Montag, 28. Februar 2011

Ferzan Ozpetek - The human comedy his way - VOGUE Italia

Ozpetek's cinema is like the building of life: you just need to change rooms to experience new emotions 

Three days ago Ferzan Ozpetek said: "Women are the pillar that bears life and stoning Sakineh to death is like making the whole building fall down". The Premio Cartagine that is being awarded to him tomorrow the 5th of November - an award assigned for professional or artistic achievements and for activities performed to support culture, peace and solidarity - really sounds like the proper professional and ethical recognition for a man, a director who says what he thinks without pointless clamor but with clear, effective simplicity.

Ozpetek has an expressly authorial style, which makes him unmistakable
. He loves to distance himself both from the comic-grotesque tones that are typical of the great Italian comedy and from the "noble" intellectualism craved by this nation's arthouse cinema. On close inspection, his works have nothing to do with social commitment or with everyday realism.

So where does his cinema lie? It is "elsewhere", on a terrain that is inevitably different (in every sense) from that usually ploughed in Italy
. Ferzan prefers to go down streets (often in Rome) that are traversed by compulsions and tensions that are sometimes dream-like, sometimes erotic, sometimes eccentric. Let's admit it, in his films there is a certain non-conformism, intentionally yet covertly gratified, the fruit of his generation (1959), his land (Turkey) and his personal experience (his homosexuality).

And it is precisely in this "elsewhere" that the originality of his view of the world and life, of the feelings and expectations of his characters, is located; characters that he loves, cares for and, of course, directs… like a mother. His casts, in fact, are a "family", whose dirty laundry (of loves, betrayals, pains, torments, culinary tastes and sexual preferences) he washes on screen. Ozpetek loves stories (whether they are his screenplays or adaptations) in which existences often come across each other by chance and meet despite the social, ethnic or - once again - sexual differences. In his films there is the presence of human warmth, of moral and material inheritance; people eat, drink, toast to life and share a parting glass.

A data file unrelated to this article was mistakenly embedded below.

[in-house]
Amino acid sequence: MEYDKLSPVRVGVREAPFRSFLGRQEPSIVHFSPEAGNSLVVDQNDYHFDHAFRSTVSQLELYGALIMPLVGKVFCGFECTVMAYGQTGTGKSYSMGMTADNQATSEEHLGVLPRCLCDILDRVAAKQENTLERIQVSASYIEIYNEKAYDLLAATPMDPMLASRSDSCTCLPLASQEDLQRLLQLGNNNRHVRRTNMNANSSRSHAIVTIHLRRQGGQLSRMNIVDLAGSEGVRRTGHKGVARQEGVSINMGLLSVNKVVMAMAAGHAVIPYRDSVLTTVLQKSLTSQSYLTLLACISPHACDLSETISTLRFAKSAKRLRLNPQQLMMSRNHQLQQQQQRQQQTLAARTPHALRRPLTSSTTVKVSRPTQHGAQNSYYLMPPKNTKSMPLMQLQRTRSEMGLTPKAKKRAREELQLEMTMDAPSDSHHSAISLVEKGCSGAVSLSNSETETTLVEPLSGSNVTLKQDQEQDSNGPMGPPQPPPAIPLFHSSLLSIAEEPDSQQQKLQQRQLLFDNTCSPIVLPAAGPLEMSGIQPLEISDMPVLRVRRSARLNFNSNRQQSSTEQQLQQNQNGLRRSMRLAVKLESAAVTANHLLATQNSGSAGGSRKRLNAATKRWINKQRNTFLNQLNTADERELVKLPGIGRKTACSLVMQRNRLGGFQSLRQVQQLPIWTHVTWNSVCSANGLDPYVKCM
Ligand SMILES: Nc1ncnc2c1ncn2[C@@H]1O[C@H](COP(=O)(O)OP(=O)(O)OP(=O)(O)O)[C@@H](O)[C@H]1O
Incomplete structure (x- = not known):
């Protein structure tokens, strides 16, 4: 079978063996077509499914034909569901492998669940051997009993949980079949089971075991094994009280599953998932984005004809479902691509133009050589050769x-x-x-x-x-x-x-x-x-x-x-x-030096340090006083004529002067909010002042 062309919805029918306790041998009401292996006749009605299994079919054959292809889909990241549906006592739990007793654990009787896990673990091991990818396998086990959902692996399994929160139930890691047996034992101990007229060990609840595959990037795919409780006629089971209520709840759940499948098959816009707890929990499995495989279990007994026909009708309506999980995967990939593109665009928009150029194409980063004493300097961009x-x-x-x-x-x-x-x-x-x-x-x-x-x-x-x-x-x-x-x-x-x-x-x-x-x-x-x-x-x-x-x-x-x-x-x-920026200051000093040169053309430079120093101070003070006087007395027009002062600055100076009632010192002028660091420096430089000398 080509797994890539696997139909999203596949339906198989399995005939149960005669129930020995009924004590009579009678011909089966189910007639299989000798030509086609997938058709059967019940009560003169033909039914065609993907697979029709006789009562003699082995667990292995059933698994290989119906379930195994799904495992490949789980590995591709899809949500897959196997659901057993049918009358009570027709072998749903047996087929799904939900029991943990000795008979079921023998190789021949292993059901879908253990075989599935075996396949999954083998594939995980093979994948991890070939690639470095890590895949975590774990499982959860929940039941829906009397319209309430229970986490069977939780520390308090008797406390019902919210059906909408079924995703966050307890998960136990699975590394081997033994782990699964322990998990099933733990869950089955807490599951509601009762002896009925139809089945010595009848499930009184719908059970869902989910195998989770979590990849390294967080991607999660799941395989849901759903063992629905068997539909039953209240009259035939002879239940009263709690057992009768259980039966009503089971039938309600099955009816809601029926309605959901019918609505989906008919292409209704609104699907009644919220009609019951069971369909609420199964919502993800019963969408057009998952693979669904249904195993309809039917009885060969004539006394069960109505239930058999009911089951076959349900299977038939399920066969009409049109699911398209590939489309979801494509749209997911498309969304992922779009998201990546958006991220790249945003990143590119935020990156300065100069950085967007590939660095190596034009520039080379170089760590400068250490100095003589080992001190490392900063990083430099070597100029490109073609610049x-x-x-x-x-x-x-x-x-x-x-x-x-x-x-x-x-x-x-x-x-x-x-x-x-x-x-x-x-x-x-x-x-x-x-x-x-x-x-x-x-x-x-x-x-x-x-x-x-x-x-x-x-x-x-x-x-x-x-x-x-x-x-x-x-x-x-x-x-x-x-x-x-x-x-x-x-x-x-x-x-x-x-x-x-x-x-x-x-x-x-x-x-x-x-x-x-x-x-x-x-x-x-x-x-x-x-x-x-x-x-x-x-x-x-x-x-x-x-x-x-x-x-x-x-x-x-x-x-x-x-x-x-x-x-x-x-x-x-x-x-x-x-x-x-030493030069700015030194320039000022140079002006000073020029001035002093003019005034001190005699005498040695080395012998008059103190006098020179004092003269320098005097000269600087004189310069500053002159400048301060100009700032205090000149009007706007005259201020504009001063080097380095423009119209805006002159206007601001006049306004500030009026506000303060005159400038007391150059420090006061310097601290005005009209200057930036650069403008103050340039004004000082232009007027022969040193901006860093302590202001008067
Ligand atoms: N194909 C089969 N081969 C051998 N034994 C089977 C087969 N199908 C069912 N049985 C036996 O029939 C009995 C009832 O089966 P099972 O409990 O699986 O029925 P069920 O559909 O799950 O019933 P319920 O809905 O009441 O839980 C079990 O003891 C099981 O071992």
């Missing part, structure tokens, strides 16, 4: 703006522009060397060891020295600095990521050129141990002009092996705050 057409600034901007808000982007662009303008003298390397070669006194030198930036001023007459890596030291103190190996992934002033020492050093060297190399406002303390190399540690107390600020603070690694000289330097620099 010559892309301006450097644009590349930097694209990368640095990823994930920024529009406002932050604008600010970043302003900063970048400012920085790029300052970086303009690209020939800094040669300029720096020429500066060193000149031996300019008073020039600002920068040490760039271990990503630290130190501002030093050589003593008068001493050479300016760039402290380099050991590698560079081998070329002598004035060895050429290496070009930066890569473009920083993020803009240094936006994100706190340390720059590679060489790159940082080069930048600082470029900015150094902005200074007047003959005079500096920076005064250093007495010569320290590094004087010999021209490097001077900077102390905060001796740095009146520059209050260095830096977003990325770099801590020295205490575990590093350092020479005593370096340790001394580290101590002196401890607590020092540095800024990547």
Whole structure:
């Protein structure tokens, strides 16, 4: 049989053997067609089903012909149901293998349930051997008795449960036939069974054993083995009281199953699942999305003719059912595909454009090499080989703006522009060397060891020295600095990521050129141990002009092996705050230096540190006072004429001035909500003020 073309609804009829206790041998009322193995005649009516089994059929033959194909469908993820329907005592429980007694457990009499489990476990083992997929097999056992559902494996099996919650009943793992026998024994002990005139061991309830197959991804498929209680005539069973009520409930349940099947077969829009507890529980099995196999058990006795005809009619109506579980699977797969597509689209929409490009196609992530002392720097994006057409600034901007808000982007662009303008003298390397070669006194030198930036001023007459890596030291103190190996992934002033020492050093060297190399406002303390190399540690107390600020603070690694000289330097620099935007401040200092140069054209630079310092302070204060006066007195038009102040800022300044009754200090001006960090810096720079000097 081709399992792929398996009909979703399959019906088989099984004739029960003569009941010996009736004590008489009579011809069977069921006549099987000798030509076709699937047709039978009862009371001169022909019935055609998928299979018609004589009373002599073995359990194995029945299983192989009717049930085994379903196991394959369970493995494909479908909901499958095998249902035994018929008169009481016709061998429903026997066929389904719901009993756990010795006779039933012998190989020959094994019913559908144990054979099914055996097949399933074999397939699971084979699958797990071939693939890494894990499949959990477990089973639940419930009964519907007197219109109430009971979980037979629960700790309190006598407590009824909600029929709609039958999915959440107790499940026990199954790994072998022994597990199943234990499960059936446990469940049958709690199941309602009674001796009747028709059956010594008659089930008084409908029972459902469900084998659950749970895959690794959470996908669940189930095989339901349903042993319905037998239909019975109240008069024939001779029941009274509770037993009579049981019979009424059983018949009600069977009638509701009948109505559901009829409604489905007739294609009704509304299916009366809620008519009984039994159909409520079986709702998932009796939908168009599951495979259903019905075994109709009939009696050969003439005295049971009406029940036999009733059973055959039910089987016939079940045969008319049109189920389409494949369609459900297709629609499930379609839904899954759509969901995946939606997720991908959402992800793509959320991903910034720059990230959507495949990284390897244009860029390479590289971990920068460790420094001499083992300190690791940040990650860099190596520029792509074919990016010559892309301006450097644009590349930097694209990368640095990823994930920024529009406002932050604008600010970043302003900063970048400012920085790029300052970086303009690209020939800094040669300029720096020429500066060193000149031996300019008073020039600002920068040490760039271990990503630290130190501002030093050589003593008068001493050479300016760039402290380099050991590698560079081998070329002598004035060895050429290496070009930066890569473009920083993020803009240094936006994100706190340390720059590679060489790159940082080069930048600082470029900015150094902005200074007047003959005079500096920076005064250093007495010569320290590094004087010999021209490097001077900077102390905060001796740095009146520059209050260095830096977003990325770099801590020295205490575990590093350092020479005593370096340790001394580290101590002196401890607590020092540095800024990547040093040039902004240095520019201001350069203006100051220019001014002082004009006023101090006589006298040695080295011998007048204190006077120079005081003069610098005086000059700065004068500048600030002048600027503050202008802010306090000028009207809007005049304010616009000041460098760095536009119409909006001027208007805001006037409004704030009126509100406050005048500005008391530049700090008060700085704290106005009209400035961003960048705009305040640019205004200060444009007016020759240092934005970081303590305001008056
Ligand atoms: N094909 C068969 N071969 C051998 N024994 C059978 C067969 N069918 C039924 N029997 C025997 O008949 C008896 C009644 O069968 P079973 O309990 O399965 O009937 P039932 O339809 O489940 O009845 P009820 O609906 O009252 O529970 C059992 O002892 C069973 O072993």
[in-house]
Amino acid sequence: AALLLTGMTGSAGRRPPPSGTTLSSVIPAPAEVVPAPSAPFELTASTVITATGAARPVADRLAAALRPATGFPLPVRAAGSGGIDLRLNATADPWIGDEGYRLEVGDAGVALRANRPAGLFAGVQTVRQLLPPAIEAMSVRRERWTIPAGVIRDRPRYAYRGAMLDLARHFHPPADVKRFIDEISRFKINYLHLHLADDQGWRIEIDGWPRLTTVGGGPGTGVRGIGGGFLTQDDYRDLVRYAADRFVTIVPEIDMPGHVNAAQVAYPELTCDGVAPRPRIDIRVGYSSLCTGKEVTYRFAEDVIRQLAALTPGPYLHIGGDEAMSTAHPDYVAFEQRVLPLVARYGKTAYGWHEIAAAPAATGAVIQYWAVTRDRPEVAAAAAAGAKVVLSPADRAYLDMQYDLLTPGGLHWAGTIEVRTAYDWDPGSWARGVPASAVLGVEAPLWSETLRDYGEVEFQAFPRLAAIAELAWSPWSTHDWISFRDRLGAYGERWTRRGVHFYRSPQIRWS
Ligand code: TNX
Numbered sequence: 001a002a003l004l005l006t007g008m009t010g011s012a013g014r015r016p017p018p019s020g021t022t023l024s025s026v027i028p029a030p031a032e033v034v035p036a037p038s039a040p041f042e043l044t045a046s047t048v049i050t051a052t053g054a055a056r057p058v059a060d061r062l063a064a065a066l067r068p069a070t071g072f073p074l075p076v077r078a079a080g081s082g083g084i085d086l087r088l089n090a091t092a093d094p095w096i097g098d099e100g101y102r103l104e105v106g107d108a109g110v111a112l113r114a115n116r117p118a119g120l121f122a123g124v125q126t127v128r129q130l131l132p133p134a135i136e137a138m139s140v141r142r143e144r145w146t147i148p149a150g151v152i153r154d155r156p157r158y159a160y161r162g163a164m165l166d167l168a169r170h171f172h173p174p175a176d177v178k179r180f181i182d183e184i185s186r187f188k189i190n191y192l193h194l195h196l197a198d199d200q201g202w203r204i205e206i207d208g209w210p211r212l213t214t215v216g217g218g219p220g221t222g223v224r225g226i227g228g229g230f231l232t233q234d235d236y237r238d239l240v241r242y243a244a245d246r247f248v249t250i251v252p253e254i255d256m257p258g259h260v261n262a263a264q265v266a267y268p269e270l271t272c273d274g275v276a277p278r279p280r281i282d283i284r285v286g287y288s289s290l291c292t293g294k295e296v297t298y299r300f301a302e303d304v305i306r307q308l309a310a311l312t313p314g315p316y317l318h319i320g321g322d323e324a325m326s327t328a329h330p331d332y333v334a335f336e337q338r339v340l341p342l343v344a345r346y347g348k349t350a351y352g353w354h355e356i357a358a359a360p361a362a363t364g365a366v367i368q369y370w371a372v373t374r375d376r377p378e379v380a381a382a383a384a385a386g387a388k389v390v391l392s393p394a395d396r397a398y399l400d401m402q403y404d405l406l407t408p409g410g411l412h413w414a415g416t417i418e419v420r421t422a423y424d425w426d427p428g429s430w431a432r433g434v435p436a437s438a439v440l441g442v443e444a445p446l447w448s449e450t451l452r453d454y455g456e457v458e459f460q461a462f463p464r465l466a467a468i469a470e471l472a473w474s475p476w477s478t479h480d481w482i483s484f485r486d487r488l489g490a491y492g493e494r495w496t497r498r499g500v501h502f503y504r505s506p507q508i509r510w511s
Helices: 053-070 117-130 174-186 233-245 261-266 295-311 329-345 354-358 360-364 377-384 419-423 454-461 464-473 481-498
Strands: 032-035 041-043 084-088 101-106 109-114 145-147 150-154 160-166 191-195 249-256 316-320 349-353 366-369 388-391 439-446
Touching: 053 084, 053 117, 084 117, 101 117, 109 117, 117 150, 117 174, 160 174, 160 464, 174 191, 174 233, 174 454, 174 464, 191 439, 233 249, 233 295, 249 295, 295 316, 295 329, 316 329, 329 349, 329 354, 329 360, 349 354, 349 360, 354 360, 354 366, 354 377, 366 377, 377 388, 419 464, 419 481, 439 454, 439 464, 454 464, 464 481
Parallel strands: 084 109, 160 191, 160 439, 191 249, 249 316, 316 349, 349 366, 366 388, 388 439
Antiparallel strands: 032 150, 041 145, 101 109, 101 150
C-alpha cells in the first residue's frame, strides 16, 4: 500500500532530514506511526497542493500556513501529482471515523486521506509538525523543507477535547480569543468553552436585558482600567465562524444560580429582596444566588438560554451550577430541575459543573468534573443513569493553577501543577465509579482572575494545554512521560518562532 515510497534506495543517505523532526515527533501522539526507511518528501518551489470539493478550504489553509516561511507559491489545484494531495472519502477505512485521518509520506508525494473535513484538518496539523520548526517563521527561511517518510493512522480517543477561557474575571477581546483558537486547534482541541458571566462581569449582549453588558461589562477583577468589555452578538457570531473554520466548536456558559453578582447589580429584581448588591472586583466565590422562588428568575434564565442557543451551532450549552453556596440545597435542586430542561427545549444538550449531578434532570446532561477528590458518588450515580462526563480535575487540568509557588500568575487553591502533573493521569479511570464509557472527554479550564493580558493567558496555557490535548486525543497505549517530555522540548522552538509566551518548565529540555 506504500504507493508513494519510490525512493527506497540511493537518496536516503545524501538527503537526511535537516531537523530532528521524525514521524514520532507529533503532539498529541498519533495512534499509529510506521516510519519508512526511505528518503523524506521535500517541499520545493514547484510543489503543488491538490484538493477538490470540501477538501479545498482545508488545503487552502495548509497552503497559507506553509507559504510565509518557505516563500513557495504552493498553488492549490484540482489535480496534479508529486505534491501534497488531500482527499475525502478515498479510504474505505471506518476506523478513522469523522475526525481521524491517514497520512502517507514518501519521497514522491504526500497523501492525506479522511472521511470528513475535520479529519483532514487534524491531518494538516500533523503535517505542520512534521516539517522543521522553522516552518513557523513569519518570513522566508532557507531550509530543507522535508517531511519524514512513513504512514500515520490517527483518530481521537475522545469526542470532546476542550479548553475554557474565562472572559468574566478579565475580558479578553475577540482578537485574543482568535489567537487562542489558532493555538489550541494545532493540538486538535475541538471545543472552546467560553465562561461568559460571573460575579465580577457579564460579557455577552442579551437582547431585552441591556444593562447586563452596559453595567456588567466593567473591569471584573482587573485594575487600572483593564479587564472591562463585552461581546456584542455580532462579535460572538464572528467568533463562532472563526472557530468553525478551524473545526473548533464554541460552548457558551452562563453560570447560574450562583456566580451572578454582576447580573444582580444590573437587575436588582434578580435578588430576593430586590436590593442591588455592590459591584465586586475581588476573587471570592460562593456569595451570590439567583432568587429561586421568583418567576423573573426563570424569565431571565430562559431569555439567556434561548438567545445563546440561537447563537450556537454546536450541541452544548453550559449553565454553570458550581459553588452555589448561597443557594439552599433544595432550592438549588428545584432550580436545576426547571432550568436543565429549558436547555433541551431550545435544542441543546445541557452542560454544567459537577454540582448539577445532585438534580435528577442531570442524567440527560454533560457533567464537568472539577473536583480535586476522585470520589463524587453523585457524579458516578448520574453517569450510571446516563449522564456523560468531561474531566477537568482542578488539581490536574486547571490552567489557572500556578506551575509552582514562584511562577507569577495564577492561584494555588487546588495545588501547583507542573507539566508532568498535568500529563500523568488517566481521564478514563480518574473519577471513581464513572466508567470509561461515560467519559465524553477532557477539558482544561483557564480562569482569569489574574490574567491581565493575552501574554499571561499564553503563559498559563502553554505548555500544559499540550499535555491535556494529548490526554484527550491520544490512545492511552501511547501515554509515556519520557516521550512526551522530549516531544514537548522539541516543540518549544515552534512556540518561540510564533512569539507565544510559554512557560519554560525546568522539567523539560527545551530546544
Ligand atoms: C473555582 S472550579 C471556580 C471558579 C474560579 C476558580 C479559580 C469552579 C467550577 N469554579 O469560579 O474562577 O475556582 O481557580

That's how Ozpetek is. Take him or leave him. If he bites, he does so with style; if he stirs up uncomfortable feelings, he does so with the delicacy of a mah jong player. His gift? Looking at the everyday with the sincere and humble gaze of someone who does not believe in gods or in heroes, but only in people.

Having said that, it's worth remembering that the Turkish director arrived in Italy in the late 1970s to study History of Cinema at the La Sapienza University in Rome. He began to work as assistant director with, among others, Maurizio Ponzi, Lamberto Bava, Ricky Tognazzi and Marco Risi,who produced his first film, Hamam (Il bagno turco) [Steam. The Turkish Bath] (1997). He then continued with Harem Suaré (1999), Le fate ignoranti [The Ignorant Fairies] (2001), La finestra di fronte [Facing Windows] (2003), Cuore sacro [Sacred Heart] (2004), Saturno contro [Saturn in Opposition] (2007), Un giorno perfetto [A Perfect Day] (2008). In 2009 he directed the short film Nonostante tutto è Pasqua [Easter, anyway] (a segment of the "L'Aquila 2009" project) and Mine vaganti [Loose Cannons], which was awarded Nastri d'Argento [Silver Ribbons], a David di Donatello and also a special award at De Niro's Tribeca Film Festival.

He is one of the few Italian (by adoption) directors to have had the honor, in 2008, of having a retrospective devoted to him by the MoMa in New York
. A real cause for national pride.

Barbara Zorzoli (edited by Lella Scalia) via VOGUE Italia

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